The country has been in a state of political limbo since Monday night.

In between, Prime Minister Dr Keith Rowley’s declaration of victory and Opposition Leader Kamla Persad-Bissessar’s refusal to concede stands the Elections and Boundaries Commission (EBC) presiding over excruciatingly slow recounts in marginal seats.

There are also legal challenges by the United National Congress which might further hold up the installation of a new government. However, these are hurdles that must be crossed before the EBC can officially release the full results of the August 10 General Election.

Until the results are declared by the EBC, President Paula-Mae Weekes cannot invite the leader of the party that won the most seats to form a government.

In effect, this means the incumbent administration will remain in place until all challenges to the election are dispensed with. For now, the country remains in a holding pattern

In some ways, the current situation is reminiscent of the anxious days between the General Election of December 10, 2001, when the People’s National Movement and UNC each won 18 seats, creating a constitutional dilemma over which party should form the government.

On that occasion, Opposition Leader Patrick Manning and Prime Minister Basdeo Panday agreed, as provided under the Constitution, to authorise President Arthur NR Robinson to appoint a new prime minister. On December 23, Robinson invited Manning to form the government, bringing to an end that period of uncertainty.

This time there is no deadlock. Save for the challenges to results in five marginals which remain to be verified, preliminary results give the advantage to the PNM.

And the longer it takes to make that final declaration, the greater the unease and fears of a possible Guyana type situation developing here. It took five painful months, dominated by allegations of vote tampering, a recount and a lengthy legal battle before Irfaan Ali was eventually sworn in as Guyana’s president. Interestingly, that final resolution came in the week before T&T went to the polls.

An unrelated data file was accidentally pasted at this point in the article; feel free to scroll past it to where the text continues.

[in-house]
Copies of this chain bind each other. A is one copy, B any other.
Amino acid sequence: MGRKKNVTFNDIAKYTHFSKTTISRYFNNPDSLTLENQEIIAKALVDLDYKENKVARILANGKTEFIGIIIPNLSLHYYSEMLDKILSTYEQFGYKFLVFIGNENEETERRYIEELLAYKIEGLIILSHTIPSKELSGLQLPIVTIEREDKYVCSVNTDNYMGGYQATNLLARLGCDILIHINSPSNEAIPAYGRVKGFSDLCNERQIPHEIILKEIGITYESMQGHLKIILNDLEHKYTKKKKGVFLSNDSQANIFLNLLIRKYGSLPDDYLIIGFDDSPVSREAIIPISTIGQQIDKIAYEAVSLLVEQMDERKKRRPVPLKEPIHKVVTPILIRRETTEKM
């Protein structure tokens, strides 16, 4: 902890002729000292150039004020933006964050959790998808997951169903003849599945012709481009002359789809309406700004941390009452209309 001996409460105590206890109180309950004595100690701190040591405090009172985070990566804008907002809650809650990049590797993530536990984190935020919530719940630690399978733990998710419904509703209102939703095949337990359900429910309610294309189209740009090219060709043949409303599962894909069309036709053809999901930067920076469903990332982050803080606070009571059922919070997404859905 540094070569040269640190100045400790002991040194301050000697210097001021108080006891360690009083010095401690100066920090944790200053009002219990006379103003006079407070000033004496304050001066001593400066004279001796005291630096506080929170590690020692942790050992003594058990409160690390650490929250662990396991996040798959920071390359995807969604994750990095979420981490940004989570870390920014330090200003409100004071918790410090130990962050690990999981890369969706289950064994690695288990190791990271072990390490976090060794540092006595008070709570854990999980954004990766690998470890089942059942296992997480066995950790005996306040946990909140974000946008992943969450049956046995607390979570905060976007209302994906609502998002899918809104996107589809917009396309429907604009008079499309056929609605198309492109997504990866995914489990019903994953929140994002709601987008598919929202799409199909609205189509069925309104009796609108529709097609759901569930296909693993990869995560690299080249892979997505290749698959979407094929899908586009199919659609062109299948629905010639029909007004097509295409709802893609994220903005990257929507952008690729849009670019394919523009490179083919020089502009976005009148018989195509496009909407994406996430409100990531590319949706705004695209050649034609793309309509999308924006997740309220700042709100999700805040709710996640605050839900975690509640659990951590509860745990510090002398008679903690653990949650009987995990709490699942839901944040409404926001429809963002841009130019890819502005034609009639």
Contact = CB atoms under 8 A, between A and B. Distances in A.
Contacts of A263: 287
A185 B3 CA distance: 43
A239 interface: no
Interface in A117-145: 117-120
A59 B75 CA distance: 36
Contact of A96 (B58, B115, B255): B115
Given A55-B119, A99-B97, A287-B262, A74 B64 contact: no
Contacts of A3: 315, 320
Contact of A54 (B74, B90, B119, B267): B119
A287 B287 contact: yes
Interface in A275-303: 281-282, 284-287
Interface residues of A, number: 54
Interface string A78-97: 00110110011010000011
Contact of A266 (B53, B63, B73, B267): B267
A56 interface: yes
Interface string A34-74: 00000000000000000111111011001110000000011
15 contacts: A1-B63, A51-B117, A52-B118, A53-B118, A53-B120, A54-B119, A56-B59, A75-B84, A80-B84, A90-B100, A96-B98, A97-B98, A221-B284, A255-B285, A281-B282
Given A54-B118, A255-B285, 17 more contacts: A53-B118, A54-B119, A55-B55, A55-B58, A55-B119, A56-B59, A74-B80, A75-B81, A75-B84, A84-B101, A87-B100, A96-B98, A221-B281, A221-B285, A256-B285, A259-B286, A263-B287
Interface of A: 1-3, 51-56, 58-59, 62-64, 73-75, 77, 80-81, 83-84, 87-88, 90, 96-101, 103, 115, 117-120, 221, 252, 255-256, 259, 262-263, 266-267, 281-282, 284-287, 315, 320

However, there are not too many parallels that can be drawn between the elections in Guyana and T&T, since the two nations operate under very different political systems. The first past the post system is in effect here while Guyana operates on proportional representation (PR).

At a news conference late yesterday, PNM chairman Colm Imbert declared that the painstaking method being used by the UNC for the recounts could last up to two months.

To those and other complaints, there was a swift rebuttal from UNC leader Persad-Bissessar, who is sticking to her position about “serious concerns over the fairness and transparency of the voting and overall election processes.”

Sabre rattling aside, a great deal is at stake for T&T the longer this post-election delay persists and every party involved should make it top priority to protect the integrity of a process that has served this country well through many changes of political administrations.

In all these deliberations, the best interests of T&T should be at the forefront. We appeal for good sense to prevail.